For over twelve years, William Utermohlen's mind slowly unraveled. He was diagnosed with Alzheimer's disease in 1995, and "from that moment on, he began to try to understand it by painting himself," said his wife, Patricia, to The New York Times.
Utermohlen's self-portraits reveal his decline from Alzheimer's disease, but they also show an artist rediscovering color. In one piece from 1996, his face is painted vibrant yellow, and his shoulders are outlined in a streak of orange. But by 1999, Ultermohlen's flattened perspectives are taken to extremes, and the face is difficult to discern; by 2000, only black and white shapes remain. The slideshow below ultimately reveals a heartbreaking investigation into the inner workings of an artist under duress, as he worked to regain his clarity of mind.
Utermohlen was born in 1933, and developed an early interest in painting. As a college student, he studied Fine Art in Philadelphia and then went to Oxford in the late 50s, attending the Ruskin School of Art. He moved to London, and lived there until his death in 2007. A year later, "Portraits from the Mind: The Works of William Utermohlen, 1955-2000" ran at the Chicago Cultural Center. After the success in Chicago, Utermohlen's later works were shown in Utah at the inaugural Art and Brain Symposium. A documentary about his life and art is even in the works, titled, "Telling It Like It Is."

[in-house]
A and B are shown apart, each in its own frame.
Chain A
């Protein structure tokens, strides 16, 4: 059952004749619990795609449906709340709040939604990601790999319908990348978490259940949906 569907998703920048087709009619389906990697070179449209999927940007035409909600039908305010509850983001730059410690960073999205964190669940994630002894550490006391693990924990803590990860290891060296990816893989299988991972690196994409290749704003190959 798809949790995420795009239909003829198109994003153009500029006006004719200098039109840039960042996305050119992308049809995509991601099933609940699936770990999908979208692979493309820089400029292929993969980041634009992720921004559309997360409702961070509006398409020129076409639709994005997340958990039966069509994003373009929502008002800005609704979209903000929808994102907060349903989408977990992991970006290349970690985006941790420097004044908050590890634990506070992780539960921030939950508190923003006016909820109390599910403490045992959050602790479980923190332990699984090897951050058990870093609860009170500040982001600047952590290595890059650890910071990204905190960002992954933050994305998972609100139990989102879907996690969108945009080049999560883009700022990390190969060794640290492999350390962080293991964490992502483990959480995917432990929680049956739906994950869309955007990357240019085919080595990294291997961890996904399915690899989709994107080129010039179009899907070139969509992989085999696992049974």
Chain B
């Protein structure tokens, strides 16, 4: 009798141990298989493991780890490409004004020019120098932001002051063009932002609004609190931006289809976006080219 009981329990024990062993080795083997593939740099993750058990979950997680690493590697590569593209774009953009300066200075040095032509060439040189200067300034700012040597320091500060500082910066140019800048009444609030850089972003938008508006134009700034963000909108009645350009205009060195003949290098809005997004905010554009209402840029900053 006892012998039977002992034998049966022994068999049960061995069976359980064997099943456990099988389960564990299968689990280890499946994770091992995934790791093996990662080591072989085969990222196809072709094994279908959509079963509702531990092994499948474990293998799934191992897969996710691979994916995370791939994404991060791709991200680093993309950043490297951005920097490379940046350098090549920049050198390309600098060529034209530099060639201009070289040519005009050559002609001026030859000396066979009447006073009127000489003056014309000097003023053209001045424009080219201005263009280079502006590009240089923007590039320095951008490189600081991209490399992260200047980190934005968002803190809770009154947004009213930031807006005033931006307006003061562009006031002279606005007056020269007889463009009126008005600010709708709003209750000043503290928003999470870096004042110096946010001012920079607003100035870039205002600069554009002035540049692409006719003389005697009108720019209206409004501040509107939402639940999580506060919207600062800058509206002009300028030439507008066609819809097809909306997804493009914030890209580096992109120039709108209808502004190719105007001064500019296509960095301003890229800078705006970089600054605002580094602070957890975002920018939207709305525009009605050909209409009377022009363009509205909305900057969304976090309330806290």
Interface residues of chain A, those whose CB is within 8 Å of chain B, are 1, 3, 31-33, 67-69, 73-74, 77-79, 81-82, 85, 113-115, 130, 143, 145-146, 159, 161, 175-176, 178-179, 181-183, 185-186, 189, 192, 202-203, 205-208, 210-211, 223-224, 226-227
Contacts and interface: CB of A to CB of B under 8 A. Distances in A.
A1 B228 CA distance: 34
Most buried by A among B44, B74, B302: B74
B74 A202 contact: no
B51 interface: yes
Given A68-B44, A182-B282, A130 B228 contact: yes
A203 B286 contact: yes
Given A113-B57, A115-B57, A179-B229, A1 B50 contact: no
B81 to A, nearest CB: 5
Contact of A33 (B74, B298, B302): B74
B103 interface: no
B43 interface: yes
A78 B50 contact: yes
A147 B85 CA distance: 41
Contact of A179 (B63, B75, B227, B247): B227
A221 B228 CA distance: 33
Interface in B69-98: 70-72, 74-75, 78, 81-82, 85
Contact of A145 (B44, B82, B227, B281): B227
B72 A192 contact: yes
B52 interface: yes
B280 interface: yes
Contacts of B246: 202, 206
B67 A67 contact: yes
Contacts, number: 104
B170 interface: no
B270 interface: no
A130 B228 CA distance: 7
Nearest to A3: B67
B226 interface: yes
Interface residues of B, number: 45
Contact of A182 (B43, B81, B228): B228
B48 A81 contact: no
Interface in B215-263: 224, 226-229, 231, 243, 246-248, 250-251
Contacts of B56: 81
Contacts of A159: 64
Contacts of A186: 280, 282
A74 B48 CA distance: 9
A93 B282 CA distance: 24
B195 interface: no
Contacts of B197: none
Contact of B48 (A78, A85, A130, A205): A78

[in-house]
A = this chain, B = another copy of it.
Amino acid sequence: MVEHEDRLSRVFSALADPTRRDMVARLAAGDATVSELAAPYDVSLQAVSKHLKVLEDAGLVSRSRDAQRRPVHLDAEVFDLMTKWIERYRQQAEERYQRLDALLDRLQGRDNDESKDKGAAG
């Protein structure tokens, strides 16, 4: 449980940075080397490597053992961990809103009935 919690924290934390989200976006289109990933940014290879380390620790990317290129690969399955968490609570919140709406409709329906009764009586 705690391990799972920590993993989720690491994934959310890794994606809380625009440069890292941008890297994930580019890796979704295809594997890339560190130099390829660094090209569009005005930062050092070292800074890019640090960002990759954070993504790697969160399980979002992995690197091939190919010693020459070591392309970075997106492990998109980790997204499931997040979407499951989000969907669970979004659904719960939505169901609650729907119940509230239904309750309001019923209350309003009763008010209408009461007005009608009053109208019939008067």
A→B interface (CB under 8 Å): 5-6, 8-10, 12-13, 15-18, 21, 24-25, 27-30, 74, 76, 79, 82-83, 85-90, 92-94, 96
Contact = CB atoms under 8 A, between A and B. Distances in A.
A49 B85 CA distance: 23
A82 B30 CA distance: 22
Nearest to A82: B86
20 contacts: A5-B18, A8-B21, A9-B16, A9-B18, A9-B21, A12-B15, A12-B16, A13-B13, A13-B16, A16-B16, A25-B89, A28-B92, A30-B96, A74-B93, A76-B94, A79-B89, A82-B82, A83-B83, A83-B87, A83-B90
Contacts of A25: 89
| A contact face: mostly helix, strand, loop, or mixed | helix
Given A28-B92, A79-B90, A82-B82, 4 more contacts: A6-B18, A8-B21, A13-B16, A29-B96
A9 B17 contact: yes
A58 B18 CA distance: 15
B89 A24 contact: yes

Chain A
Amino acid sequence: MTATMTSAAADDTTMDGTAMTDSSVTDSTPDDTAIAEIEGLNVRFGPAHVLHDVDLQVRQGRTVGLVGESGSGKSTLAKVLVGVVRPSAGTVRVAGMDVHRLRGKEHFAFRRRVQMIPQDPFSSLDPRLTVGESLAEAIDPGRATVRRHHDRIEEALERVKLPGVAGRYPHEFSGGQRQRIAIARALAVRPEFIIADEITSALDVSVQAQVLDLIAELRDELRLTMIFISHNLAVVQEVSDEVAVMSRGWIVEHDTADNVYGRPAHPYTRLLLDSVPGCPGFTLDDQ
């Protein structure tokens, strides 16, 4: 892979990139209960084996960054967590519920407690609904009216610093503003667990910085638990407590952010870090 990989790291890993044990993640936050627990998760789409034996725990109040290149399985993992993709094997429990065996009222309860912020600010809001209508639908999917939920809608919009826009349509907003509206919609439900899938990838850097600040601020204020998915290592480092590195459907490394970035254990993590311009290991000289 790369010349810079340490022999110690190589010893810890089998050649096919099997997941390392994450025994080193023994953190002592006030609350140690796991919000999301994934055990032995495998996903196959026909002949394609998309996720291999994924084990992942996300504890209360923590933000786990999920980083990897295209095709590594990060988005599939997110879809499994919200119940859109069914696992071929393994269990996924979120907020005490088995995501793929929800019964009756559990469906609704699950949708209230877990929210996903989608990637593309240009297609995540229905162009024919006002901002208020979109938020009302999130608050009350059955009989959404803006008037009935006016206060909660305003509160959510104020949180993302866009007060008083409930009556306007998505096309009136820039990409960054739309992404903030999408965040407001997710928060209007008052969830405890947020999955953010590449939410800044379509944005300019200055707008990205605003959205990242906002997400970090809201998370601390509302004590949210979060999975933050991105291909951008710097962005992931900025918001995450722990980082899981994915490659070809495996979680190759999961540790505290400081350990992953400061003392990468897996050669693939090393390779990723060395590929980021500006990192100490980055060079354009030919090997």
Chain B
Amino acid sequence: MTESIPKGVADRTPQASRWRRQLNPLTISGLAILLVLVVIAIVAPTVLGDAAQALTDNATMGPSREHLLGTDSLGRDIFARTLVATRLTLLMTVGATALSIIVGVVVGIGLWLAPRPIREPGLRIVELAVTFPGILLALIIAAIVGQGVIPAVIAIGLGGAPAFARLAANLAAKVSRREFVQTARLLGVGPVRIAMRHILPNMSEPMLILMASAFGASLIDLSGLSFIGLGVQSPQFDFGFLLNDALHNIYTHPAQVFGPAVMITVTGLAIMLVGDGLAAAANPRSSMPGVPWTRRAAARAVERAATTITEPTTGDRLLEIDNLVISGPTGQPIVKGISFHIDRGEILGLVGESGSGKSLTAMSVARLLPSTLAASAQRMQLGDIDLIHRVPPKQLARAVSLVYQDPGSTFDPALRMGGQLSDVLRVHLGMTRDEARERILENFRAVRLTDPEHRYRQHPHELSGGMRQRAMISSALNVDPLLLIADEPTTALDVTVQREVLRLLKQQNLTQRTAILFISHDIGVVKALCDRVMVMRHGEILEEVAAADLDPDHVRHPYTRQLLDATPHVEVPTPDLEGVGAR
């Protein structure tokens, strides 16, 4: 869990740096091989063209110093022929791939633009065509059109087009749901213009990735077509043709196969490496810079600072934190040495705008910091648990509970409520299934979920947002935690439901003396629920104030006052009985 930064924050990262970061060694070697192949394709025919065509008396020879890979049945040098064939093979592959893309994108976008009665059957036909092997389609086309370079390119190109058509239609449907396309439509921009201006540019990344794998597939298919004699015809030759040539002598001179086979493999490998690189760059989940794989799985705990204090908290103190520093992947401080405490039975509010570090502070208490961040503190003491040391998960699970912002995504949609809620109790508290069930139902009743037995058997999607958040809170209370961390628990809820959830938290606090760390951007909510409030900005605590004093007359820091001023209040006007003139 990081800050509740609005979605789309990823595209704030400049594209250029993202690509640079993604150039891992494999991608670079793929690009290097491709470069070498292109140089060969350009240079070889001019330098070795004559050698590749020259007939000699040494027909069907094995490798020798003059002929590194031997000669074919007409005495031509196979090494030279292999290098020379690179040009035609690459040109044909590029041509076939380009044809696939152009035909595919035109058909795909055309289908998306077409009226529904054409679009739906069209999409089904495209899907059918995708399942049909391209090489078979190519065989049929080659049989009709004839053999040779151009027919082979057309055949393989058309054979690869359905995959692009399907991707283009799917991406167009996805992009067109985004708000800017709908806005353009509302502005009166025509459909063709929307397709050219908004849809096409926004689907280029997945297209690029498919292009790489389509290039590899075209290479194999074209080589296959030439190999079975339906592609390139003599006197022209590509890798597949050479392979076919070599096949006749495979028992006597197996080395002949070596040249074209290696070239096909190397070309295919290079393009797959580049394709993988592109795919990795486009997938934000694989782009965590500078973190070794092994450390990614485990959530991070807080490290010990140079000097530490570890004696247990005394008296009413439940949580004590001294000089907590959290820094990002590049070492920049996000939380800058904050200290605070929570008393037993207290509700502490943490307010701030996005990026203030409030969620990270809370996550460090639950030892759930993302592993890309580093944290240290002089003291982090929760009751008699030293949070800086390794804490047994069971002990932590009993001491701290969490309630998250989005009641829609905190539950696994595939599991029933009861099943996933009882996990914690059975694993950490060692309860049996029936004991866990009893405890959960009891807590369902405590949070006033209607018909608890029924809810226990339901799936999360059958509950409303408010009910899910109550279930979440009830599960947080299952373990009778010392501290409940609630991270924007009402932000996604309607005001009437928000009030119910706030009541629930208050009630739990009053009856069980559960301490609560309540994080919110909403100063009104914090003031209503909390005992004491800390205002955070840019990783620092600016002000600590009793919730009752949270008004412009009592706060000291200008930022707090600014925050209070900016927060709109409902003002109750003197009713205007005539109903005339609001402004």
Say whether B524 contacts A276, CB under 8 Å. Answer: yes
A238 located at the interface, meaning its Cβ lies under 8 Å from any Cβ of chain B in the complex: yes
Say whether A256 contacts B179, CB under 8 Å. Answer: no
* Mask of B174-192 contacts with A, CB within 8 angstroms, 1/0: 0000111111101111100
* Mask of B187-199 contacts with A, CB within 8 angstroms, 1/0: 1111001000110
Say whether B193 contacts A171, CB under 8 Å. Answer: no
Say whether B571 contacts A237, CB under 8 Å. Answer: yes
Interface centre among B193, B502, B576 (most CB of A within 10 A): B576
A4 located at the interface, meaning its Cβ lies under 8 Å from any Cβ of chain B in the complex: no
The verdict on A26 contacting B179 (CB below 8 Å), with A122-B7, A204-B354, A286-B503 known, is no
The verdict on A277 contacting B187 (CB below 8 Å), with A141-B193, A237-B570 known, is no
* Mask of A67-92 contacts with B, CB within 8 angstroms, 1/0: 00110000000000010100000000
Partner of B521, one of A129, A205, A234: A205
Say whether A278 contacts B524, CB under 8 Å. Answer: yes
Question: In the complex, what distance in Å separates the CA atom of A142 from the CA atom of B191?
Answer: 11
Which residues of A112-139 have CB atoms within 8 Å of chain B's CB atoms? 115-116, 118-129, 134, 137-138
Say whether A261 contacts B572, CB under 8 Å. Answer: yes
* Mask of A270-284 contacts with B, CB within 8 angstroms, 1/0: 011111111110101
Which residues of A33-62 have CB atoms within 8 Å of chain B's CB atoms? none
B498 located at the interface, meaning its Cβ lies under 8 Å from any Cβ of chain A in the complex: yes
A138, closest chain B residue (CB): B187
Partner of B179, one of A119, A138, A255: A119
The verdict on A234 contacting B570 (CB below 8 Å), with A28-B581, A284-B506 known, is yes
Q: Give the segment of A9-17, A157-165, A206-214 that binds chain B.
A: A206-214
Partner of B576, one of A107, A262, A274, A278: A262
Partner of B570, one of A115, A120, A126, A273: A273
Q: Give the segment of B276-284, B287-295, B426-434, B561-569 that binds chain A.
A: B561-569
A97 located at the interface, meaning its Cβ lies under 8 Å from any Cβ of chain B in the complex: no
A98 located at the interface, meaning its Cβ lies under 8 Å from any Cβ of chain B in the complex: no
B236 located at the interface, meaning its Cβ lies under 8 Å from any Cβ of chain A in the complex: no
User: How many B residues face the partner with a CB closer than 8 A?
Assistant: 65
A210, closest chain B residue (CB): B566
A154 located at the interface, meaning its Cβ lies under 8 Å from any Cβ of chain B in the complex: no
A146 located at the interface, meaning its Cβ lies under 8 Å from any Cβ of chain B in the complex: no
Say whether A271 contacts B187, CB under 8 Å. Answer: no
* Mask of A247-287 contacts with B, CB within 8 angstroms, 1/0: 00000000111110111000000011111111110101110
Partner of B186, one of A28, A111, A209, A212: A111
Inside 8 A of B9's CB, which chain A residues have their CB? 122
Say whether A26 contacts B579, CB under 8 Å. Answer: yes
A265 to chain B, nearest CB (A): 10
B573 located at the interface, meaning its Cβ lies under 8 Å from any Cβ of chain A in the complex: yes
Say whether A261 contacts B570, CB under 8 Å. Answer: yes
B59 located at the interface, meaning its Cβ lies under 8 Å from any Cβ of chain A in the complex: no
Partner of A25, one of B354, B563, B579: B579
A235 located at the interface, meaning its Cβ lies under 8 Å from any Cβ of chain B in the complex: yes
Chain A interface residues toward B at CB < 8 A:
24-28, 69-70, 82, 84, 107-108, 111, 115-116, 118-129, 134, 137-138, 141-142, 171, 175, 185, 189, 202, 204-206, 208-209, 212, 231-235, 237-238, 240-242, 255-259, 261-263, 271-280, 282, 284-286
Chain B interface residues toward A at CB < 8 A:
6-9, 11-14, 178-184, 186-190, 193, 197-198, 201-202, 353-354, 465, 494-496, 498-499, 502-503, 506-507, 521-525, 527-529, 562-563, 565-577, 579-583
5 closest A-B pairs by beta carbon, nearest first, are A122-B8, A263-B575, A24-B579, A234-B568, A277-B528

Currently, Utermohlen's art work is on view in a group show simply titled, "Trauma" at GV Art in London (until February 18). If you're interested in more information about the artist, contact the Galerie Beckel Odille Boicos in Paris.
Let us know what you think of the slideshow below in the comments section.
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